Rotaries are where four streets intersect and merge into a circle. Motorists drive round and round, just guessing which one has the right of way and trying to figure out how to exit. Some believe this to be the origin of the word roundabout.
Until now, this type of motoring nightmare has been limited to European countries, British television, and inebriated college students after any home football victory. Mostly this novelty has been laughed at by Americans, but not anymore. There’s one being constructed in our fair county, and downtown is ground zero.
There’s an old saying, “If it ain’t broke, don’t fix it.” Growing up at 110 Flamingo Street we had another saying, “If it’s broke, I didn’t do it.” When it comes to driving we have a rather simple system in the United States: red means stop, green means go, and yellow means … well, that depends if there’s someone watching or not.
All in all the system works. Buy a bunch of stop signs and traffic lights and before you know it you have a thriving city — all funded by people who don’t stop at those traffic lights and stop signs. There’s balance in the universe. Not so when roundabouts come to town.
When four cars from four different directions approach an intersection outfitted with stop signs, the guy on the right goes first, then the person on his right, and so on. Everyone takes a turn. As systems goes this one is just about perfect for all — unless of course you don’t know your right from your left. In that case, you should just stay home and spend your time deciding which shoe goes on which foot. Hint: the one with the laces goes on the right foot.
Our traffic system works. Not so with a roundabout. There’s no right, or left, or even making a turn for that matter. To enter a roundabout one just takes a gap and gives a gap – simple by design. Yeah, right. Just ask how that gap thing has worked for those poor folks trying to access the highway in downtown Atlanta during rush hour.
The universe is out of whack when roundabouts are constructed and the economy suffers. Not one, but two industries are suddenly out of business. There’s no longer any need for stop signs or traffic lights. I ask you, in this economic climate, is this a time to put all those people out of work? But that’s just the beginning of the economic impact.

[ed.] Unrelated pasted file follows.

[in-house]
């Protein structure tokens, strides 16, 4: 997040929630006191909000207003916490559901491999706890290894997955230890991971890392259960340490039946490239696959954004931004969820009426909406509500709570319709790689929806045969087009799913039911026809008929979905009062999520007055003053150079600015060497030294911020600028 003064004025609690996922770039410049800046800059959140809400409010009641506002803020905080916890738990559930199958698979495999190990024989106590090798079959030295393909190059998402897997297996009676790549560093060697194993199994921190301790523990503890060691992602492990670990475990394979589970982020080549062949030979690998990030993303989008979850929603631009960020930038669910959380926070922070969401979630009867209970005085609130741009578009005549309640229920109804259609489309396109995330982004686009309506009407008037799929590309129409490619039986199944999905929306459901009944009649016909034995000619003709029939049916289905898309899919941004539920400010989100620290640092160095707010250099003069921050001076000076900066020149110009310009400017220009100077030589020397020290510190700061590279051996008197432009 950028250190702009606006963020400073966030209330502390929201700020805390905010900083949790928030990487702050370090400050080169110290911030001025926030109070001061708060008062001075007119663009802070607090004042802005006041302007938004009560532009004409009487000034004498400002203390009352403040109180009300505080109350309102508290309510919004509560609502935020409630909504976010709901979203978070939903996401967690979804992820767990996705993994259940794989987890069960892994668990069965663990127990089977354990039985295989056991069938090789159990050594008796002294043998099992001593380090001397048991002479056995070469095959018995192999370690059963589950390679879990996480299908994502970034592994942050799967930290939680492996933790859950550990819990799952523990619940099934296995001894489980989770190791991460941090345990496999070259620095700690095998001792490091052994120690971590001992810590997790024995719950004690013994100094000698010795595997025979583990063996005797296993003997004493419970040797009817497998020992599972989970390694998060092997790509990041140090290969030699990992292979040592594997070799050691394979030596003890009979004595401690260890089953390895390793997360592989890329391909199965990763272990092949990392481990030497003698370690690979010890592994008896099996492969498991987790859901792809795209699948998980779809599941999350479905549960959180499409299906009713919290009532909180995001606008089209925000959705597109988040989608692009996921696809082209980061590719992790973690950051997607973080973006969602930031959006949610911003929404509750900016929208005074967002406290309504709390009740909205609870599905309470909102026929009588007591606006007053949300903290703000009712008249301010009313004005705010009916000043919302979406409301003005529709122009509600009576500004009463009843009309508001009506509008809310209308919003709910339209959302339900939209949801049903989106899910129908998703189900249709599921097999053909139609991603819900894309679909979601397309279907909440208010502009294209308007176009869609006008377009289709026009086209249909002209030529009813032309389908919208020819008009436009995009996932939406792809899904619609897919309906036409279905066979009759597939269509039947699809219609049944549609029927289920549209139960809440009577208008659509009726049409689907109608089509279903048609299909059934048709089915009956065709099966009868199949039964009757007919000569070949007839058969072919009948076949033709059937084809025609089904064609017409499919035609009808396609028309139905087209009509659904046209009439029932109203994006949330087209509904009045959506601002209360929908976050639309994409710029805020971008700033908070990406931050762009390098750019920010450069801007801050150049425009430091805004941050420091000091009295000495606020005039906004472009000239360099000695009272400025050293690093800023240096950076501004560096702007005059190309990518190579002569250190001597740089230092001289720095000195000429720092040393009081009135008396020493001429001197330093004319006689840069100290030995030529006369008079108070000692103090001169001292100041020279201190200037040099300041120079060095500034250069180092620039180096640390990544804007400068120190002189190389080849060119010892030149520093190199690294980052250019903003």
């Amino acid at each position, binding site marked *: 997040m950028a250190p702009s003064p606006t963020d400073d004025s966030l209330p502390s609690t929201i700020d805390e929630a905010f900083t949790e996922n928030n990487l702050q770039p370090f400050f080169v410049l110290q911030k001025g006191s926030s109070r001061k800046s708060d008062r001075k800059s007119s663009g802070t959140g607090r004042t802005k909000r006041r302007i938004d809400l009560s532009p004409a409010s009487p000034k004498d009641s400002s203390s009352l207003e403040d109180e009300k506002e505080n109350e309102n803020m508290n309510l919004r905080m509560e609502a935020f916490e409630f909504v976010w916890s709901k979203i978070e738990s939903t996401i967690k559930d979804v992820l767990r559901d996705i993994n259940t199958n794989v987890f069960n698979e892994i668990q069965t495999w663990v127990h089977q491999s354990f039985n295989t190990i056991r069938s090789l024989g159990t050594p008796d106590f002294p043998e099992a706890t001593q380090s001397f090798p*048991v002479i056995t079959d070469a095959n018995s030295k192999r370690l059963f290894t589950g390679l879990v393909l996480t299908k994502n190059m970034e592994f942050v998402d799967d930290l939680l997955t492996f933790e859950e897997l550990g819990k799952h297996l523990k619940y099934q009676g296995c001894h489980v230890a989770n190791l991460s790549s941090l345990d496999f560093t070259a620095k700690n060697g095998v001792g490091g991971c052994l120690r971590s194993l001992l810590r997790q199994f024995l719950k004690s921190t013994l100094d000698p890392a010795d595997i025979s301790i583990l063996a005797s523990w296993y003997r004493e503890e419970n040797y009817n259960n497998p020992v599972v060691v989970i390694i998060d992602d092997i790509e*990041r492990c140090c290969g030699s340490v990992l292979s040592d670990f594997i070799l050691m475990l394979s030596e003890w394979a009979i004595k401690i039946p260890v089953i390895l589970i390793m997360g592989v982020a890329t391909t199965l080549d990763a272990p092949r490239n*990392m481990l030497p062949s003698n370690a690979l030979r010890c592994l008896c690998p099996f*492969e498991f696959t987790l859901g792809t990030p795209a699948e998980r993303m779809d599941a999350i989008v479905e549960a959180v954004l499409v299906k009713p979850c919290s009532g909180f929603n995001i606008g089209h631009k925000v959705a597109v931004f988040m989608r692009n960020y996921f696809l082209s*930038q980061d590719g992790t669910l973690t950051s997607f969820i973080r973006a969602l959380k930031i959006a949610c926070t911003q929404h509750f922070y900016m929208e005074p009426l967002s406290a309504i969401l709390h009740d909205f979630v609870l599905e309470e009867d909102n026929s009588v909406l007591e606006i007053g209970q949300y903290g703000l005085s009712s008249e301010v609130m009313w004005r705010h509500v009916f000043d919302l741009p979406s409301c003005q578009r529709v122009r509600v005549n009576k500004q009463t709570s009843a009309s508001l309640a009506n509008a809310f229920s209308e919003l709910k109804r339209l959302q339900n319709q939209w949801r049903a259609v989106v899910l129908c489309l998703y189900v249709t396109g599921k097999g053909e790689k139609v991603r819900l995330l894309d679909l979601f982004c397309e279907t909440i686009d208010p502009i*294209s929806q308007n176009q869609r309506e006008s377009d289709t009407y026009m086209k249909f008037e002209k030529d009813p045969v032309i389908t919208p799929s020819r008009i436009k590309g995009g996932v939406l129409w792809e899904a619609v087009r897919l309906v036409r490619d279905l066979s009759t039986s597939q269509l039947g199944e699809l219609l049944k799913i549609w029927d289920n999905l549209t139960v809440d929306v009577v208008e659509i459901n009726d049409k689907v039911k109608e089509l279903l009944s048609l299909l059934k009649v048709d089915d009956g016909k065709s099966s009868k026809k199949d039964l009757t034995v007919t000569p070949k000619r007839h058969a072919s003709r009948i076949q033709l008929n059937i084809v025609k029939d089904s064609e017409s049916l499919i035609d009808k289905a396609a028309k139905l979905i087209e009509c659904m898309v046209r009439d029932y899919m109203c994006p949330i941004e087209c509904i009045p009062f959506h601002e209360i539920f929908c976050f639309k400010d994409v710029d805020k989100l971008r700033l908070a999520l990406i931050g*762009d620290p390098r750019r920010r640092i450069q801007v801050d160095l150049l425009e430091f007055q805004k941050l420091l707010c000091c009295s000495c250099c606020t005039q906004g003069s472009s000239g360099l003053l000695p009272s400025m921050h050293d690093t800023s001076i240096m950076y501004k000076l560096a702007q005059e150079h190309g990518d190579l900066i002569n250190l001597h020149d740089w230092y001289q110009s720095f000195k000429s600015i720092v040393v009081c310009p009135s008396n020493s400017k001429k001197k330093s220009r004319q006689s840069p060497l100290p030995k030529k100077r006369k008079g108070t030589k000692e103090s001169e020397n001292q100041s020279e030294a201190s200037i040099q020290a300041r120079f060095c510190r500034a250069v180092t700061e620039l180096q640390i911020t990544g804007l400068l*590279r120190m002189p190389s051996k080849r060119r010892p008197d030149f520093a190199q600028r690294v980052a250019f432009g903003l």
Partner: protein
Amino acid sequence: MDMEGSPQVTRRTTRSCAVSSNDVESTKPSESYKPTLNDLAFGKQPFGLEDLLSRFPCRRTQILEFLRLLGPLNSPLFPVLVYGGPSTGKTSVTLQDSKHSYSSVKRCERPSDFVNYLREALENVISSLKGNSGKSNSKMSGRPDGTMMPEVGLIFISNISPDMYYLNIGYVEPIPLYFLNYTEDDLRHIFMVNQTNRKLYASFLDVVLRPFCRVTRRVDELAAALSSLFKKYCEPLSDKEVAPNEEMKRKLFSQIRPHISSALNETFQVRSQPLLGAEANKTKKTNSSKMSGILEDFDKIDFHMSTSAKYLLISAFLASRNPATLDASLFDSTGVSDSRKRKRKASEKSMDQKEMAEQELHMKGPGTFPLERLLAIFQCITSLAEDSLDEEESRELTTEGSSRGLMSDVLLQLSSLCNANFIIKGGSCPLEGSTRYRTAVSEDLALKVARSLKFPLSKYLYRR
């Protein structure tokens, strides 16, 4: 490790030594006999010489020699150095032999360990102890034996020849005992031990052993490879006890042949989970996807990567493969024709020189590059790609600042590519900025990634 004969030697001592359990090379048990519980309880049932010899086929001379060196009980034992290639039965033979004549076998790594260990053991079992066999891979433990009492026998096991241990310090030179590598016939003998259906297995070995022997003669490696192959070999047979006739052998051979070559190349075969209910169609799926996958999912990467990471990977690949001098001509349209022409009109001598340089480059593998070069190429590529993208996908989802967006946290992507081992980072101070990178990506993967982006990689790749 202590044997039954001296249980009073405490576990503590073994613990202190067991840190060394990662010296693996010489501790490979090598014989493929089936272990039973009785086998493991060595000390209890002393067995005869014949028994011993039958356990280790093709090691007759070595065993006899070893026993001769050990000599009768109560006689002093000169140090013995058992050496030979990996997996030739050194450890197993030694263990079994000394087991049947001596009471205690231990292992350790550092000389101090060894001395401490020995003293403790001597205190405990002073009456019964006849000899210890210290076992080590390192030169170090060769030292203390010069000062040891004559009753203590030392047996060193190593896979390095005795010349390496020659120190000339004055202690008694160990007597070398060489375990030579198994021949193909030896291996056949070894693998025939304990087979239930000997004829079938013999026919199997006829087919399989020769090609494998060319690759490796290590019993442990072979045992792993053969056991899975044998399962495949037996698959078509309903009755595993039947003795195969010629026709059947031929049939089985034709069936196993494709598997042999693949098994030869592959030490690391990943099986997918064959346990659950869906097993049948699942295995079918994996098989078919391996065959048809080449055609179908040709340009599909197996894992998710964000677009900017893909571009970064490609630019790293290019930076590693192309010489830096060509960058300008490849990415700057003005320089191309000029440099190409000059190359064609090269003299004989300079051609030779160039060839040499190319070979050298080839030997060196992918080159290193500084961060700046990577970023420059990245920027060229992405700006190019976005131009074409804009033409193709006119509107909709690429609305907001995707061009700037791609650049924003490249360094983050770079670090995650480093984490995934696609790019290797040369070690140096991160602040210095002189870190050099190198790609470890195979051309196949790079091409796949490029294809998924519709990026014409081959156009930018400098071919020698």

Roundabouts will have a devastating effect on the revenues of our county and city coffers. First, someone has to pay for the construction of roundabouts. That would be us. Importing those British engineers and constructions workers I’m sure wasn’t cheap. How they got in through Georgia’s new immigration law is amazing.
Second, with fewer stop signs and traffic lights it will mean fewer tickets … fewer tickets less revenue … less revenue higher taxes. Someone has to make up the shortfall. That also would also be us. Independence Day is right around the corner, and those Brits are causing us to pay higher taxes once again.
It’s going to be like getting stuck on Interstate 285, except you don’t have to drive all the way to Atlanta. There’s even a green space area complete with park benches. I guess so people can watch the show. Special note for them there revenuers: Charge admission. That could bring in more money in a month than all those previous traffic fines did in a year.
See, it’s a vicious circle. Hey, I bet if they rename roundabouts Vicious Circles, none would be built. I guess I could just go around the new roundabout and avoid the thing entirely, but that wouldn’t make much sense, now would it?
So for now, I’ll stand on my soapbox in the center of our downtown and shout NO! No to roundabouts! Rise up, fellow countians – it’s Independence Day once again. The Roundabouts are coming and with them will come higher taxes, job losses, and huge increases in law enforcement overtime.
Who else do you think is going to help all those residents stuck in the roundabout find their way out? On second thought, overtime pay for our overworked and underpaid police officers … maybe roundabouts might not be such a bad idea after all.
I’ve even heard our neighboring city has a double roundabout. Instead of going round and round, they get stuck doing figure eights in a parking lot — just like those inebriated college students after home football victories.
Great, a town full of drunken college students. Yep, this roundabout thing is going to work out just fine.
[Rick Ryckeley, who lives in Senoia, has been a firefighter for more than two decades and a columnist for The Citizen since 2001. His email is email@example.com.]